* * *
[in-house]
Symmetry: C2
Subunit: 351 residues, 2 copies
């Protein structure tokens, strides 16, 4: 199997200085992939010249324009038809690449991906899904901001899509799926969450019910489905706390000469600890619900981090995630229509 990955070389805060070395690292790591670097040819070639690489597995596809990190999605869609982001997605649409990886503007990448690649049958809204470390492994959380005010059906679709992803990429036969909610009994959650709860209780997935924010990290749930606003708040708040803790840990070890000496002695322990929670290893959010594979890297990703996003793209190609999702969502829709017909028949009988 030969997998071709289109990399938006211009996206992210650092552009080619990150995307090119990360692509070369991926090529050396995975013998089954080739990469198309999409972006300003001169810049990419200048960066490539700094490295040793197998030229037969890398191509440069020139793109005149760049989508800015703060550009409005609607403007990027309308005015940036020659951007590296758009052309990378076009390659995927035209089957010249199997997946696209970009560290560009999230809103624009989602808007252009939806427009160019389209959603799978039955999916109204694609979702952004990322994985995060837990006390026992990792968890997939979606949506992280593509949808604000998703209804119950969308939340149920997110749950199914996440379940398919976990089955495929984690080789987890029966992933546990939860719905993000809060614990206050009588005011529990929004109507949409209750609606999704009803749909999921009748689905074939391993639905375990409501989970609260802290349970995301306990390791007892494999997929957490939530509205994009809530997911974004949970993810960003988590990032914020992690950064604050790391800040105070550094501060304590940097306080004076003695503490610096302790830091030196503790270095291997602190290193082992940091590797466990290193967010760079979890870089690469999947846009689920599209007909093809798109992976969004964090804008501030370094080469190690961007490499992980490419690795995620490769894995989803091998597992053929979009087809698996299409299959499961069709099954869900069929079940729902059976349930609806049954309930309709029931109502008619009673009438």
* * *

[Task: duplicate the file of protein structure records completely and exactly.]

[in-house]
Symmetry: C2
Subunit: 351 residues, 2 copies
């Protein structure tokens, strides 16, 4: 199997200085992939010249324009038809690449991906899904901001899509799926969450019910489905706390000469600890619900981090995630229509 990955070389805060070395690292790591670097040819070639690489597995596809990190999605869609982001997605649409990886503007990448690649049958809204470390492994959380005010059906679709992803990429036969909610009994959650709860209780997935924010990290749930606003708040708040803790840990070890000496002695322990929670290893959010594979890297990703996003793209190609999702969502829709017909028949009988 030969997998071709289109990399938006211009996206992210650092552009080619990150995307090119990360692509070369991926090529050396995975013998089954080739990469198309999409972006300003001169810049990419200048960066490539700094490295040793197998030229037969890398191509440069020139793109005149760049989508800015703060550009409005609607403007990027309308005015940036020659951007590296758009052309990378076009390659995927035209089957010249199997997946696209970009560290560009999230809103624009989602808007252009939806427009160019389209959603799978039955999916109204694609979702952004990322994985995060837990006390026992990792968890997939979606949506992280593509949808604000998703209804119950969308939340149920997110749950199914996440379940398919976990089955495929984690080789987890029966992933546990939860719905993000809060614990206050009588005011529990929004109507949409209750609606999704009803749909999921009748689905074939391993639905375990409501989970609260802290349970995301306990390791007892494999997929957490939530509205994009809530997911974004949970993810960003988590990032914020992690950064604050790391800040105070550094501060304590940097306080004076003695503490610096302790830091030196503790270095291997602190290193082992940091590797466990290193967010760079979890870089690469999947846009689920599209007909093809798109992976969004964090804008501030370094080469190690961007490499992980490419690795995620490769894995989803091998597992053929979009087809698996299409299959499961069709099954869900069929079940729902059976349930609806049954309930309709029931109502008619009673009438």